Top 4 sustainability trends in 2022 & beyond

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Sustainable business practices are a priority for consumers, business leaders and governments. This focus has shaped consumer purchasing behaviour, the cost of renewable energy, and the technology being adopted by industry. Here’s a list of top social and environmental sustainability trends to watch out for. 

Australians are seeing the effects of climate change more recently than in preceding decades. Extreme weather, such as a greater frequency of bushfires and coral bleaching in the Great Barrier Reef, has made local businesses more sensitive towards how their actions impact the environment.

Companies worldwide are under pressure to meet profits without harming the environment. Sustainability is not achieved at the expense of profits but is, in fact, vital to be able to appeal to the consumers of today. 62% of executives believe a sustainable strategy is necessary to remain competitive

Corporate sustainability comprises the three factors of environment, social and corporate governance (ESG), and through this, companies are evaluated on how conscientious they are. Businesses with higher ESG ratings outperform the market in medium and long term revenue, McKinsey & Company noted.

We chart the emerging environmental and social sustainability trends of 2022:

Sustainability trends for businesses

1. Consumers prioritising environmental sustainability

The Australian consumer market is more conscious about the products they buy, how they are sourced and the carbon footprint of their delivery journeys. 55% of shoppers surveyed make an attempt to purchase environmentally-friendly products, research by IRI concluded

What this means is that businesses can no longer ignore sustainability as a factor when making key business decisions. This applies to the full product cycle from logistics decisions, like the third-party delivery company they engage, or branding ones, such as product packaging. By also ensuring that the supply chain partners they work with, such as raw material suppliers or retailers, also adopt sustainable practices – companies encourage and advocate for responsible business models.

2. Business leaders geared towards ESG principles 

Corporations can no longer be only profit-driven, but instead, have to strive to be vehicles of change – business entities that exist to serve the entire community. Since COVID-19, company directors are spending more time considering ESG issues, Diligent Institute global research found. The interests of important stakeholders – employees, customers and local communities – are now front and centre.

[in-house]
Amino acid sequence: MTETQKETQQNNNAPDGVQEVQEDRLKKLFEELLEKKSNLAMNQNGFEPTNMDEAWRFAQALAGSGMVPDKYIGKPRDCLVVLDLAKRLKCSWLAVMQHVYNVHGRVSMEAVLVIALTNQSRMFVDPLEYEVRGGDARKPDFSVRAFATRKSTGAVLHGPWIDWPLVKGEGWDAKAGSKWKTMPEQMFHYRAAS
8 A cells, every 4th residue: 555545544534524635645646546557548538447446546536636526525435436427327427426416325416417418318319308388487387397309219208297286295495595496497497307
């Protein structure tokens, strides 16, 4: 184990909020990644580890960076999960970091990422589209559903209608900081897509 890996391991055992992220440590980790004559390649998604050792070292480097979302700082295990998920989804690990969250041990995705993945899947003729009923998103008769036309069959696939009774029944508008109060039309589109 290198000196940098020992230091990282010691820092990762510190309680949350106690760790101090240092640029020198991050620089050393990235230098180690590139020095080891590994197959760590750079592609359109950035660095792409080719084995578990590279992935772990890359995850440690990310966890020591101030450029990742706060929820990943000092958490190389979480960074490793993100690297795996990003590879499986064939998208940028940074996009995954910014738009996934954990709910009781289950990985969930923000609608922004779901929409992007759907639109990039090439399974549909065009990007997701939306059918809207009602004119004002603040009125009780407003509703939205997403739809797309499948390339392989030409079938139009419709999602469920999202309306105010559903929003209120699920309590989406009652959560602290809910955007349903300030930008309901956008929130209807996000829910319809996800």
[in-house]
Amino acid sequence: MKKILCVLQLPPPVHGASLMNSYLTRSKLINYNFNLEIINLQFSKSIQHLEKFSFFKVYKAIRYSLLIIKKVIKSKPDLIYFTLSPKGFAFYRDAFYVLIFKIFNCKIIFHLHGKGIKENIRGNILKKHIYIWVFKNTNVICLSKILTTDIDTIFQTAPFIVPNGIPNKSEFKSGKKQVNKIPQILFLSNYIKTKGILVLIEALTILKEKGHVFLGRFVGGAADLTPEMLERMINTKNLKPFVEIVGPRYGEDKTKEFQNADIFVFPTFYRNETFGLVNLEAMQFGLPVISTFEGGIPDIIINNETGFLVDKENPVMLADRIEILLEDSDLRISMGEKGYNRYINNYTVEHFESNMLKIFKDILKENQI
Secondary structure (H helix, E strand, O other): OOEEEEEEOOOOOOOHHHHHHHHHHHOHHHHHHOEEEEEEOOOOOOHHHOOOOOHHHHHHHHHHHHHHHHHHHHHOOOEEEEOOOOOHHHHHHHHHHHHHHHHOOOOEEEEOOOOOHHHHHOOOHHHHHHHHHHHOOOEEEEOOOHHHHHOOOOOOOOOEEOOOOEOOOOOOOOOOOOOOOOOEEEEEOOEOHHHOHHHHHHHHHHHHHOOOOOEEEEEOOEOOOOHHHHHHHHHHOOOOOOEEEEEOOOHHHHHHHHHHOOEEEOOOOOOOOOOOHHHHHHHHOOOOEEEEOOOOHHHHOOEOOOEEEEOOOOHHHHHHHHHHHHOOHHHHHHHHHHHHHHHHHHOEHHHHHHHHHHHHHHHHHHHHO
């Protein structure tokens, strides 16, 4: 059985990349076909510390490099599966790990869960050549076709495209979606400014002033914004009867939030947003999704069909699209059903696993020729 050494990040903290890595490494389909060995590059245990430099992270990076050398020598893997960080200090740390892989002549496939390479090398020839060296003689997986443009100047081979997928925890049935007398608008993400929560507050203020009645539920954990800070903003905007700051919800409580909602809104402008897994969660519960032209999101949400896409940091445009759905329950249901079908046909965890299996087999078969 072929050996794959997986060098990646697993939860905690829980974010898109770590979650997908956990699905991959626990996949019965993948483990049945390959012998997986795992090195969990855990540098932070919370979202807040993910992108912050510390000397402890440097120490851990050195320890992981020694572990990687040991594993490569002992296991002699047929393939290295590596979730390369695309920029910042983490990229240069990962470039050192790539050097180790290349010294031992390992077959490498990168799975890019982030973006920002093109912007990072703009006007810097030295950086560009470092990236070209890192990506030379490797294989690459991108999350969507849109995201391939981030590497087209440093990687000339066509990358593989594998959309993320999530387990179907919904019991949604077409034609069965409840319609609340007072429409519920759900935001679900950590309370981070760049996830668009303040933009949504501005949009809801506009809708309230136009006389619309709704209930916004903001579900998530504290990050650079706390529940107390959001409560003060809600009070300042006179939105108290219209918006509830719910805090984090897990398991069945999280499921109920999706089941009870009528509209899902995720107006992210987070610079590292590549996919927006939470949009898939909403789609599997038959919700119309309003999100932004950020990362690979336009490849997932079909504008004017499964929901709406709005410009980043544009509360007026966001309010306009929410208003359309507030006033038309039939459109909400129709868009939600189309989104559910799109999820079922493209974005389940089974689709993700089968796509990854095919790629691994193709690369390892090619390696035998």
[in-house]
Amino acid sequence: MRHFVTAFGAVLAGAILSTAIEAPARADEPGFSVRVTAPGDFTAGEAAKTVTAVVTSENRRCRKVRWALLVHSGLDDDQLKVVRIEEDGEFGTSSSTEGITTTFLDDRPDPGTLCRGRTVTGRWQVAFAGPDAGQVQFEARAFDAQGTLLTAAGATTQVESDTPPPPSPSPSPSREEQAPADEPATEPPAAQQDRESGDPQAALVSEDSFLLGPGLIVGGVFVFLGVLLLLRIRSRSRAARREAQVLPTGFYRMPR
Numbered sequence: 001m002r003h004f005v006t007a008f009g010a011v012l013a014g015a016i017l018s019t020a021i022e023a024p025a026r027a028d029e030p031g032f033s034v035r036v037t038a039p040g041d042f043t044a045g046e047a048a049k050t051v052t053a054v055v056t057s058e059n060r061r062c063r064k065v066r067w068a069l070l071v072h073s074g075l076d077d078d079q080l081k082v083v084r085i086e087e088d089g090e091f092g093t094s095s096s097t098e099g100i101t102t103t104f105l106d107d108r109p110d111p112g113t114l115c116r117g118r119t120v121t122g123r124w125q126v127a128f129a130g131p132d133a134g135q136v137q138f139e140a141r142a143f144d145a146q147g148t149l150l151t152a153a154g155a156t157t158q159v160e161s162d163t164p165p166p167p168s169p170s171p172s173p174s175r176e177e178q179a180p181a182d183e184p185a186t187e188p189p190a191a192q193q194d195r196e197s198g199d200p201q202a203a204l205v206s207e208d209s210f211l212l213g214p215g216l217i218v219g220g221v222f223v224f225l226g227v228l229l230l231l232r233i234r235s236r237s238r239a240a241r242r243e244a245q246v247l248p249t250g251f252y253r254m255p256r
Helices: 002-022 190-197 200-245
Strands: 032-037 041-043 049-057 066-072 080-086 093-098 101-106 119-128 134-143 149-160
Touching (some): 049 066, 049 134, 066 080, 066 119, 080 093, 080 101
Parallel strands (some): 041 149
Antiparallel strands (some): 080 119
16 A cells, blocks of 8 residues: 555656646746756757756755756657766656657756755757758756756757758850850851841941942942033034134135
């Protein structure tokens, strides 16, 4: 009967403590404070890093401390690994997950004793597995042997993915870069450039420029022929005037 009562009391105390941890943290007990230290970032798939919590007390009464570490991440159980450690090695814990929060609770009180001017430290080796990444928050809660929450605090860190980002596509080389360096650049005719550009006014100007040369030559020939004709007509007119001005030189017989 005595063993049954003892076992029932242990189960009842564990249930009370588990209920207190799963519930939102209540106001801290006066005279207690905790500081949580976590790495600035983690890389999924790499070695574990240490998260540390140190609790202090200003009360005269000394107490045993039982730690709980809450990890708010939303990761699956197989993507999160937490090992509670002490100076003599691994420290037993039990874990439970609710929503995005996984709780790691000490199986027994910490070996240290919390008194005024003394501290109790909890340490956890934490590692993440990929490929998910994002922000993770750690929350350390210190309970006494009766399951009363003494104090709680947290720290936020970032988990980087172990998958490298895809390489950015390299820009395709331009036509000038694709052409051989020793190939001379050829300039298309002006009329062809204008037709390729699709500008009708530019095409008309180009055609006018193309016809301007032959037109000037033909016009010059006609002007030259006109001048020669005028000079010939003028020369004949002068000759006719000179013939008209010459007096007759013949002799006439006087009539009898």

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The World Economic Forum’s Davos Manifesto states that, “the purpose of a company is to engage all its stakeholders in shared and sustained value creation.” And a significant majority (91%) of directors surveyed agreed with this statement. This indicates a shift of business priorities of top management, towards more environmentally and socially sustainable development. 

3. Increased adoption of renewable energy helps reduce costs

The world is on a path to wean itself off fossil fuels. By 2025, renewables will overtake coal to become the largest electricity generation worldwide. This would supply a third of the world’s energy needs. 

Fossil fuels, such as coal and gas, used to be the cheaper option for generating electricity. However, wider use of clean, renewable energy –  like hydropower, wind and solar plants – has driven down costs of this power-generation method. In the last 10 years, these environmentally-sustainable renewable energy sources have become 70% more affordable than fossil fuels – making it the more cost-effective option. With more players entering the market and increased competition, prices of renewables are set to also decrease further – lending it a sustainability solution that is economical.

4. Reducing emissions through technology and carbon offsetting

The Australian government is investing in new and emerging technologies that will help to reduce emissions in a number of industries, such as manufacturing, industry and transport. The Future Fuels Package, worth AU$74.5 million, will aid businesses in transiting to using vehicles that are powered electrically or by hydrogen or bio-fuels –  and are gentler on the environment. 

Carbon offsetting efforts are also helpful in reducing overall emissions. This is where people or businesses invest in activity to balance out their carbon footprint. This could include a simple activity, like tree planting, or a more complex system of emissions trading, where companies have to buy permits to be allowed to lawfully emit pollutants. 

DHL Express’ GoGreen Climate Neutral initiative offers a range of green products that help you do your part to minimise your carbon footprint as a business. One such green program allows you to offset your logistics emissions by investing in internationally-recognised climate protection projects. 

Prioritising environmental sustainability with DHL Express

Global efforts to combat climate change and social injustice are gaining traction and sit at the top of the list of priorities. DHL Express is committed to making every aspect of its business sustainable and has a sustainability strategy in place to create lasting positive impact. Partner with us to ensure your shipping is carbon neutral.